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Charming sounds swinging on the streets of Kyoto

Upon walking in Kyoto, one’s ears may stumble upon charming sounds in the streets.
Upon walking in Kyoto, one’s ears may stumble upon charming sounds in the streets.
Upon walking in Kyoto, one’s ears may stumble upon charming sounds in the streets.
Upon walking in Kyoto, one’s ears may stumble upon charming sounds in the streets.
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11 May 2021 05:05:30 GMT9
11 May 2021 05:05:30 GMT9

Nader Sammouri

OSAKA: While humanity gently weeps with its latest challenges, music heals.

Upon walking in Kyoto, one’s ears may stumble upon charming sounds in the streets and may wonder about the source of this soul-penetrating soprano greeting a guitar-like sound.

Tracking it, one encounters a Japanese woman and man elegantly wearing their traditional Japanese robes, eyes closed and seemingly centered while they perform magnetic sounds.

Lured towards the awe-inducing musicians, passers find themselves captivated and locked from proceeding to their destinations.

“I play music on streets, temples, museums, and in nature in all the Japanese prefectures. Though, I enjoy the beautiful city of Kyoto most,” said Satoru Tsuji, who performs on an electrical musical instrument called the Chapman stick, made by  Emmett Chapman in the early 1970s.

“When I was three years old, I learned how to play the violin and the guitar. I then graduated from an art university. That is how I came up with this kind of performance expression. I started to create music videos for our performances. I also create videos for Kyoto hotels and shops, and I use my music in some of them,” Tsuji said.

Juuichi leaving vocal impressions in the ears of the passers in downtown Kyoto

Reika Torii, a soprano vocalist, began supplementing Tsuji’s strings after seeing her performing one time with her friends.

“Music is one of my favorite pursuits. I guess Satoru felt the sparkle shining from within me and then asked me to play music with him. That is how ‘Juuichi’ started,” Torii said.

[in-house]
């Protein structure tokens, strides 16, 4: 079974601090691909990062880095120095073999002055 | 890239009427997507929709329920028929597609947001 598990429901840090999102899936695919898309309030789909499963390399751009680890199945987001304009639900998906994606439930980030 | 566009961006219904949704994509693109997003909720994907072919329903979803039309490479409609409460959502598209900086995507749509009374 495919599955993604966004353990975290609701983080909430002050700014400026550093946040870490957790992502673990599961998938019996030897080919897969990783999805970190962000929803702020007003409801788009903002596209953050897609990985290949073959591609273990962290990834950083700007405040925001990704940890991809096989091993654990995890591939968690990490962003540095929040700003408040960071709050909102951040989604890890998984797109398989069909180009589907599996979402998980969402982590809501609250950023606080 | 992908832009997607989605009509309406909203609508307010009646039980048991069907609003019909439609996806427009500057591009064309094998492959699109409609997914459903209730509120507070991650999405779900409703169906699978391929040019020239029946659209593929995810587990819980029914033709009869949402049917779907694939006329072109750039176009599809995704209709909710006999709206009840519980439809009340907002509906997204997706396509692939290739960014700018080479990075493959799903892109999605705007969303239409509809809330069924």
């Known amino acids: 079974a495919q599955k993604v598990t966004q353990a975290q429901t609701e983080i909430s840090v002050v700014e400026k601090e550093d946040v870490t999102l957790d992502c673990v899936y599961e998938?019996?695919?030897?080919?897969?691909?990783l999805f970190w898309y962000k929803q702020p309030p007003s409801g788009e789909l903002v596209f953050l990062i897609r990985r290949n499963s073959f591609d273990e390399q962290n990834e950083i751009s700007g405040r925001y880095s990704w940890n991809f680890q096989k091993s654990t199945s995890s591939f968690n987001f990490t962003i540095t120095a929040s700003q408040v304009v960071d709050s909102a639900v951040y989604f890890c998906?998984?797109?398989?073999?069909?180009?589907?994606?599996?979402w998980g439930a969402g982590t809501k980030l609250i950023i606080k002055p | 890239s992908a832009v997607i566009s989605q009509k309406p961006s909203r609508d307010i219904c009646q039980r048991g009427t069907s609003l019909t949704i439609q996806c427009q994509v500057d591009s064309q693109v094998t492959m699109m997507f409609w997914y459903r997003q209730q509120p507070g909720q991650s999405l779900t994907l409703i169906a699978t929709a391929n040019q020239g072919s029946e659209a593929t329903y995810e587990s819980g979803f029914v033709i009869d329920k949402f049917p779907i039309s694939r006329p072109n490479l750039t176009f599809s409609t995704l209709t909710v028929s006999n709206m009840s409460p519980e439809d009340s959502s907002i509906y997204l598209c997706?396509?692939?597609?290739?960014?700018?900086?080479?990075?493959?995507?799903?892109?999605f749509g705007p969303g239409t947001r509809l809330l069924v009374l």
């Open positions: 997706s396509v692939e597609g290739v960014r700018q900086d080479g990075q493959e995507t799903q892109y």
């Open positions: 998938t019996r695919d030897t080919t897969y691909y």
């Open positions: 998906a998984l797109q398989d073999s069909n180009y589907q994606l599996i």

Juuichi (十一), meaning eleven in Japanese, is the name of the unit that bonded these two captivating performers.

“My ancestor’s gravestone had the Chinese numeral 11 (十一) carved on it. I named us ‘Juuichi’ for that reason,” Tsuji stated.

When meeting the music of “Juuichi,” one can’t help but get overwhelmed by a tranquil Zen-like feeling.

“Many of the songs that I write are requiems for my grandfather and grandmother, so I play them every day as if I was reading a sutra,” Tsuji stated.

When Tsuji isn’t playing duet performances with Torii, he frequently plays by himself, near the Kamogawa river of Kyoto.

For people like Tsuji and Torii, music is an essential part of their lives, but how do they get the motivation and drive to perform almost every day?

On that, Torii told Arab News Japan that “just as people have routines essential to their lives, music is indispensable for me. I think music is everywhere, hidden, and close to us in our daily lives. Thus it is natural for me to perform every day.”

As for Tsuji, he said that music is his lifetime job, and people from all over the world buy so many of their albums and listen to it.

“I have collected many memories. When I play at times, I find little children dancing in front of me and giving me sweets. That cheers me up so much. The smiles on the faces of the people who listen to my music are my energy and motivation,” Tsuji said.

Juuichi playing at a main intersection in Kawaramachi, Kyoto

Torii and Tsuji were lucky enough to find their life-long passions, and the universe rewarded them for it through people’s appreciation, which made them enjoy it even more.

“I used to collect CDs and listen to concerts of folk music from all over the world. I even have a CD of Arabic prayers that I listen to, although I don’t understand the words,” Tsuji said.

Torii expressed how she may not have a direct connection with Arabian musical instruments, “but I tend to study instruments from before the pre-piano era, and I am inclined to the appeal of classical and religion-oriented music. Some of them are very similar to Arabic instruments, and there might be some similar roots. Hence, in a sense, I am connected to Arabic music.”

Music is one of the few things in the world that is enjoyed throughout its process. People don’t anticipate its end but relish it while it happens. Thus it is almost like music is a way to touch the present moment.  

Music with its sound vibrations is a global dialect that kindles feelings and emotions which all people share. That aspect of music almost makes it so magical and therapeutic.

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